Apache: Performance Tuning

 

Apache Performance Tuning
The most important aspect of webserver performance is the amount of available RAM.  This means that as you set up your server it is important to prevent the server from using the swap file as this will dramatically slow down the server.

Watch the MaxClients setting as the webserver may spawn so many children that the server starts swapping, again a major problem.  The MaxClients directive sets the limit of simultaneous requests that can be served.  If there are requests past the Maxclients they will be queued according to the ListenBacklog directive.  The maximum number of child processes is 256 for a non-threaded server.

Evaluate Apache Web Server Performance Series

Disk Performance

CPU Performance

Memory Performance

I/O Performance

Network Performance

 

Formula for Determining MaxClients Setting
Check the average Apache process by opening up top and then divide this size into the available memory.  Of course it is important to leave a little extra.  Here is an example of the process.  Note that top shows one of the PIDs as 1383 for apache.  This process is using 12,200 KB of virtual memory.  So to follow the formula you would take the total available memory and divide by 1024 KB or about 12 MB.  That would provide you with the number of MaxClients you could add.  However, you will see in this example that this server is using almost all memory so it would be unwise to add any to the MaxClients number.

top – 15:47:15 up 21 days, 33 min,  1 user,  load average: 0.00, 0.00, 0.00
Tasks:  34 total,   1 running,  32 sleeping,   0 stopped,   1 zombie
Cpu(s):  0.0% us,  0.0% sy,  0.0% ni, 100.0% id,  0.0% wa,  0.0% hi,  0.0% si
Mem:    510992k total,   498468k used,    12524k free,    63152k buffers
Swap:  1145572k total,      592k used,  1144980k free,   258728k cached

PID USER      PR  NI  VIRT  RES  SHR S %CPU %MEM    TIME+  COMMAND

1383 root         16   0 12200 5160 3524 S  0.0         1.0         0:00.28    httpd

service httpd status
httpd (pid 1907 1906 1905 1904 1903 1902 1901 1900 1383) is running…

Performance Issues with HostnameLookups and DNS Lookups
Using HostnameLookups requires a DNS lookup before the request is completed adding considerable latency.  Therefore HostnameLookups should be turned off.   If you are using Allow or Deny from domain directives you will create double reverse DNS lookups because the first is a forward lookup and the second is a reverse lookup to verify it is not spoofed.  This means then that you should use IP Addresses to create the Allow and Deny directives.

It is possible to limit DNS lookups to one aspect of the Apache server process, for example limiting DNS lookups only for html or cgi processes.  Here is an example:

HostnameLookups off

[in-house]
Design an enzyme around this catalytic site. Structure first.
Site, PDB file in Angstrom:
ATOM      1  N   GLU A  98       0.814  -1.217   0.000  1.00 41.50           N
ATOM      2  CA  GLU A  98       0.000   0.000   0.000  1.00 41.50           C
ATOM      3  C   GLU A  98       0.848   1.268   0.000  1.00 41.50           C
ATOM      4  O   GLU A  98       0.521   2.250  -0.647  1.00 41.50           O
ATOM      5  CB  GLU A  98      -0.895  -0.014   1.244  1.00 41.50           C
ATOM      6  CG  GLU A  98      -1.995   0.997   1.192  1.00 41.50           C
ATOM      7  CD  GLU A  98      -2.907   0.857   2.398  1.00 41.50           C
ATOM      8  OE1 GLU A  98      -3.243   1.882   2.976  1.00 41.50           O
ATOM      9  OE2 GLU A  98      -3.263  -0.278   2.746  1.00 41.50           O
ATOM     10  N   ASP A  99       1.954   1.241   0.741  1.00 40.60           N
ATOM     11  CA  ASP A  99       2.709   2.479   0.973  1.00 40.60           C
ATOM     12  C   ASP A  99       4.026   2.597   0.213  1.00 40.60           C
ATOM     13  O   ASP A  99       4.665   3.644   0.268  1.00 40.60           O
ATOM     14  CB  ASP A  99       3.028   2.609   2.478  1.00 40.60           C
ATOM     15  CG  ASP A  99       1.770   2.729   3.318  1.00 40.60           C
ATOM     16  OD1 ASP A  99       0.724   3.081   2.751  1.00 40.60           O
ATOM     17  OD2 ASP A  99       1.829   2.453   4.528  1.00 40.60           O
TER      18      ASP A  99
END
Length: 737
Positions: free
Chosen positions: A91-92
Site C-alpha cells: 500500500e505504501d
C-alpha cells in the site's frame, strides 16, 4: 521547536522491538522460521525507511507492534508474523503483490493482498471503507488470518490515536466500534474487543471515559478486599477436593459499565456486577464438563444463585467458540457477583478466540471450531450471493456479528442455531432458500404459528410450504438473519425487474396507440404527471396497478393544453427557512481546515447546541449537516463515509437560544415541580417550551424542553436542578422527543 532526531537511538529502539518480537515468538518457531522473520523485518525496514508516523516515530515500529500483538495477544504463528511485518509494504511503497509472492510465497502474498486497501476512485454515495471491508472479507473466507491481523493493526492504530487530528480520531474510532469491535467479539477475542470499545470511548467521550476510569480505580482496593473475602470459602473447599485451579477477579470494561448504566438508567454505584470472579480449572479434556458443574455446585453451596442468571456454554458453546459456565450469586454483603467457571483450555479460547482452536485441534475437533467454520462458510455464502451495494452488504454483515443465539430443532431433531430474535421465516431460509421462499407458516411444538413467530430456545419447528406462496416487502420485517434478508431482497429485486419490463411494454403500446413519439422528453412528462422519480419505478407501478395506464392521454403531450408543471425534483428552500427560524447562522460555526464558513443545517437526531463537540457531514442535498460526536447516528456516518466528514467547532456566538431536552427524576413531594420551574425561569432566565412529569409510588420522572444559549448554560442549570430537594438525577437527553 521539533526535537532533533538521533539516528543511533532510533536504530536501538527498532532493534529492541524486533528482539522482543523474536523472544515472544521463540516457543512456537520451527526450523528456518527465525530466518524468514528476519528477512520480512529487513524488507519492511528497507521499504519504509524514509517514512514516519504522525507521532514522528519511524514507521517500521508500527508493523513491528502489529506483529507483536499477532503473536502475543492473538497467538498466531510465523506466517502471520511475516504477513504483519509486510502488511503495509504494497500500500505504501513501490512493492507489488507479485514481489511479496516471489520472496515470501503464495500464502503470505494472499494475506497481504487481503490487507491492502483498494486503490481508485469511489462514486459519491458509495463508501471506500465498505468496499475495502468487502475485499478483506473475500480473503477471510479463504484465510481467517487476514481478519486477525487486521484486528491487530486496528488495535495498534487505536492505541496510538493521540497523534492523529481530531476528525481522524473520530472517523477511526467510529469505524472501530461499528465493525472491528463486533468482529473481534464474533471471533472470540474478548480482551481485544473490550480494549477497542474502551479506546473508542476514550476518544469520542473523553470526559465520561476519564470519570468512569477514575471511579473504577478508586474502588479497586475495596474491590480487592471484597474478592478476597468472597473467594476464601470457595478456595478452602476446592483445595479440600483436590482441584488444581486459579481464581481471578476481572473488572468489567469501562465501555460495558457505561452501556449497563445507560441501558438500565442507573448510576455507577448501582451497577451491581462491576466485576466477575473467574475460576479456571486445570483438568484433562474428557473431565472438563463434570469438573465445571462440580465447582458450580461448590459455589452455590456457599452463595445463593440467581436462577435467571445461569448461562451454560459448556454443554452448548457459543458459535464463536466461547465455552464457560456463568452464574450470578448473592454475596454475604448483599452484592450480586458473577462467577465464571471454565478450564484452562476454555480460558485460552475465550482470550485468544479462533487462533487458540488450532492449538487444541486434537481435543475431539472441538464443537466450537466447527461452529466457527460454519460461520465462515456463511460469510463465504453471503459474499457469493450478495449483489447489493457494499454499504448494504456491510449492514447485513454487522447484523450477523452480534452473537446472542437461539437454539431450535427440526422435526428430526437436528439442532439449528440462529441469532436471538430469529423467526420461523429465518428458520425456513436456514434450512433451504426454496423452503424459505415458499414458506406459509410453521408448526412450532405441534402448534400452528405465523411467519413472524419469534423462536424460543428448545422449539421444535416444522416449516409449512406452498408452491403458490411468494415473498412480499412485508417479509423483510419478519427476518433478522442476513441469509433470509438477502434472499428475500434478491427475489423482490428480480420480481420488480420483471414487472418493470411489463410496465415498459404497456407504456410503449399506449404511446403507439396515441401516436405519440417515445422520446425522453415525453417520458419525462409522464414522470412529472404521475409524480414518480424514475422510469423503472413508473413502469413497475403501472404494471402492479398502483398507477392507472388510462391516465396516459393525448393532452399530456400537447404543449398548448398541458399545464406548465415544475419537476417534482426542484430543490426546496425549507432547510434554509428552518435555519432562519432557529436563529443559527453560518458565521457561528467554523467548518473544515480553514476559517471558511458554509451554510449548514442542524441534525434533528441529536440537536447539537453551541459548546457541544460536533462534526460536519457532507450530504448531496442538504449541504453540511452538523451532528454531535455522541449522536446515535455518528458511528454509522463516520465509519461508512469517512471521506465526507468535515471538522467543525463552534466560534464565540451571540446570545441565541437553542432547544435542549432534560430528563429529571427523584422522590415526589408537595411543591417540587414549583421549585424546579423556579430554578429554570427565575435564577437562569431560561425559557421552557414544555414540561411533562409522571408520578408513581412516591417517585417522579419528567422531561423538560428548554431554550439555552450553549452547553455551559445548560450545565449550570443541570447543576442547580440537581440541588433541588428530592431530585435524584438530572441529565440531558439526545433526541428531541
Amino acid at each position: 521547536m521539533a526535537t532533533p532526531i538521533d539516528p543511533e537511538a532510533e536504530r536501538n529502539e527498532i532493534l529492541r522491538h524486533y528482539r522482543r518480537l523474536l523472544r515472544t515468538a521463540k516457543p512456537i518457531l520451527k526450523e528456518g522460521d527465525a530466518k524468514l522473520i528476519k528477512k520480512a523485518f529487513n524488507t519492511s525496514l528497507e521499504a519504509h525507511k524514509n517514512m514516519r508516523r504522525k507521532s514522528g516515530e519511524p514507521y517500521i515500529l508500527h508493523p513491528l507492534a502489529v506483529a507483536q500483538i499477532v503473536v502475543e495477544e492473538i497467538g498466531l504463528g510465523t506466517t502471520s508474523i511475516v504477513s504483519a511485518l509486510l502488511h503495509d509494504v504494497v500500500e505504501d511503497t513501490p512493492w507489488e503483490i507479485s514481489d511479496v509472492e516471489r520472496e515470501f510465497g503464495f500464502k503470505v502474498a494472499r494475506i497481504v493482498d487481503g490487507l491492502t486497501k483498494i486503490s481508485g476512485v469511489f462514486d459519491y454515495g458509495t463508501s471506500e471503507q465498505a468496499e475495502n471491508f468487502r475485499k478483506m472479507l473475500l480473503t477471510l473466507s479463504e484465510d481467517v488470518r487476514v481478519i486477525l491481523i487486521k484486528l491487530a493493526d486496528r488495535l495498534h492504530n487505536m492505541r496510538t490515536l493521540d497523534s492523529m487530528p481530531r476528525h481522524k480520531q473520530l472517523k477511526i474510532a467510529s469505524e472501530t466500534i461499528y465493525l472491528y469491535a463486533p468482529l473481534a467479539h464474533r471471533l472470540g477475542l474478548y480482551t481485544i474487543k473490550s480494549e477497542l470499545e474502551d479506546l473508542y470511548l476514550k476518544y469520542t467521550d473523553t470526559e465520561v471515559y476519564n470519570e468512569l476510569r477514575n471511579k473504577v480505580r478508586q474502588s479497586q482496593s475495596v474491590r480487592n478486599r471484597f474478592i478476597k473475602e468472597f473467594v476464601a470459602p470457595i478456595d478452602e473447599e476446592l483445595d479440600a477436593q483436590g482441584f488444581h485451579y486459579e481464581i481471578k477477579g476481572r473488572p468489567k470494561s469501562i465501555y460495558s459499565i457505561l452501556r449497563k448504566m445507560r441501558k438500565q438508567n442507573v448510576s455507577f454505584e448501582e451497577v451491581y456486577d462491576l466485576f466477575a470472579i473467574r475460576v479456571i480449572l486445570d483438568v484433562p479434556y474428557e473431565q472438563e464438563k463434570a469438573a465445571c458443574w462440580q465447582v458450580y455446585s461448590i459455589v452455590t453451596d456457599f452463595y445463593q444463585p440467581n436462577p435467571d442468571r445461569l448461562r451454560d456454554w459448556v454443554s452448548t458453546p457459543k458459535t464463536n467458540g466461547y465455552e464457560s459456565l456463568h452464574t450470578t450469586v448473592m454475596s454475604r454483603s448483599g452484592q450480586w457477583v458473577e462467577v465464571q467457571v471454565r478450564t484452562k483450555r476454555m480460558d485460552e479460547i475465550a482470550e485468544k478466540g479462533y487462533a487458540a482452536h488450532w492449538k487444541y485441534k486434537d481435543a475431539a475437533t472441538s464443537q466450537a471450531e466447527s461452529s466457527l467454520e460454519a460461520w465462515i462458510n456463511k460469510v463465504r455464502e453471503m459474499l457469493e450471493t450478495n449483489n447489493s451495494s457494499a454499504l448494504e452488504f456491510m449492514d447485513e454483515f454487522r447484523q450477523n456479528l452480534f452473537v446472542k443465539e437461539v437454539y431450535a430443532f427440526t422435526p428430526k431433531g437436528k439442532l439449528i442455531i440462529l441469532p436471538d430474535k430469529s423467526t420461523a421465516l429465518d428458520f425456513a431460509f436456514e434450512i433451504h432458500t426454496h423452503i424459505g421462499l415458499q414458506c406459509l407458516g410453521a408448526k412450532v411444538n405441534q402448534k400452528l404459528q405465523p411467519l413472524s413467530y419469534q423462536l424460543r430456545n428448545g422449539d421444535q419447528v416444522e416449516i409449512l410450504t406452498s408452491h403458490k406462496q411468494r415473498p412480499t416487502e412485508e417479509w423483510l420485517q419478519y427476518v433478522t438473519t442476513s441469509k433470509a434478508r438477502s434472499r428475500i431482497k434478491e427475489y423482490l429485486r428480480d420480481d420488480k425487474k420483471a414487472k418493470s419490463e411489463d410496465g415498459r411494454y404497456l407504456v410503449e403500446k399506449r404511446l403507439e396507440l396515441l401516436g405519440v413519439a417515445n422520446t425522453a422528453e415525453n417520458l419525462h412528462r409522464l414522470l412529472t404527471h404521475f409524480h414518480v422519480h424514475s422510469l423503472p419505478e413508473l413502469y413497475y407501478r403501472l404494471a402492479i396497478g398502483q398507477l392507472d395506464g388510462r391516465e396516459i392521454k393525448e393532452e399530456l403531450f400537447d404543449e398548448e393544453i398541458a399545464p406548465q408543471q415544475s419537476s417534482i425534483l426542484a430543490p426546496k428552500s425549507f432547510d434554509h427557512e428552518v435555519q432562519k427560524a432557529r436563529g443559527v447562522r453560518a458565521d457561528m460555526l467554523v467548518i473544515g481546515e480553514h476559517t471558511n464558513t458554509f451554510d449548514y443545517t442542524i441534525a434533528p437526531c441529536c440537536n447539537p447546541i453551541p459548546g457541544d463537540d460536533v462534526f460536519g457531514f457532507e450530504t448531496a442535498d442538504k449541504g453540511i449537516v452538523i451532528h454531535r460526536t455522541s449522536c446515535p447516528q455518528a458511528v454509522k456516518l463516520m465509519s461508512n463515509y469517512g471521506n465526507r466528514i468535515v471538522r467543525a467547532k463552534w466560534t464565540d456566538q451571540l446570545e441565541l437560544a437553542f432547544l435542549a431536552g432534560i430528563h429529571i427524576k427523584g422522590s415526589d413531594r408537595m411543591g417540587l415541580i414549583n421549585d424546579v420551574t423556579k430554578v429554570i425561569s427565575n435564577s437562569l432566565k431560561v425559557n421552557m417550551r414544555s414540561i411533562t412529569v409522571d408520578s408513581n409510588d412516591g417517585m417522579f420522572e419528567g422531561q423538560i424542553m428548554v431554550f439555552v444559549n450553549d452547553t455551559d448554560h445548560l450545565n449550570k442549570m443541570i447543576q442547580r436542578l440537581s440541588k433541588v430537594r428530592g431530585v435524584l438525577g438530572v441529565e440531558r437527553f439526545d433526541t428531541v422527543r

<Files ~ “\.(html|cgi)$”>
HostnameLookups on
</Files>

If you use Allow from a domain or Deny from a domain, it will also increase the latency as you will require Apache to do a DNS lookup for each domain setting.  It is better to use an IP Address in that situation.

Use a Specific DirectoryIndex
Avoid the situation where the server has to figure out a wildcard option for the DirectoryIndex.  Instead of using a wildcard setting like this:

DirectoryIndex index

Use this specific setting:

DirectoryIndex index.html index.cgi index.pl

You save a small amount of resources by having the most used option first in the list.

Configuring the Number of Servers 
Apache continues the Unix parent/child model in that if a parent process is running and additional processes are needed it will spawn a child process to handle the incoming needs.  These settings control those child processes.
Apache by default starts with 8 web servers running. This enables Apache to respond quickly to demand. This setting is found in the StartServers Feature in the httpd.conf file under the Global section.

<IfModule prefork.c>
StartServers       8
MinSpareServers    5
MaxSpareServers   20
ServerLimit      256
MaxClients       256
MaxRequestsPerChild  4000
</IfModule>

Once several servers have started those servers will need to be replaced in order to meet growing demand. By default Apache has a setting that starts additional servers once the number of spare servers goes under 5.
MinSpareServers 5

The maximum spare servers setting determines when there are too many spare servers and some can be shut down to save on memory. By default once this number gets over 20 Apache begins shutting them down to save resources.
MaxSpareServers 20

Apache has a limit to the number of clients that can use servers as well. This default limit prevents Apache from starting more than 256 servers. This limit may very greatly with the server hardware as obviously lower hardware resources may not be able to support 256 servers.
ServerLimit 256

Each individual server that is started has a limit on the number of pages a server can serve out. That limit is 4000. After 4000 pages have been served, Apache by default closes that server.
MaxRequestsPerChild 4000

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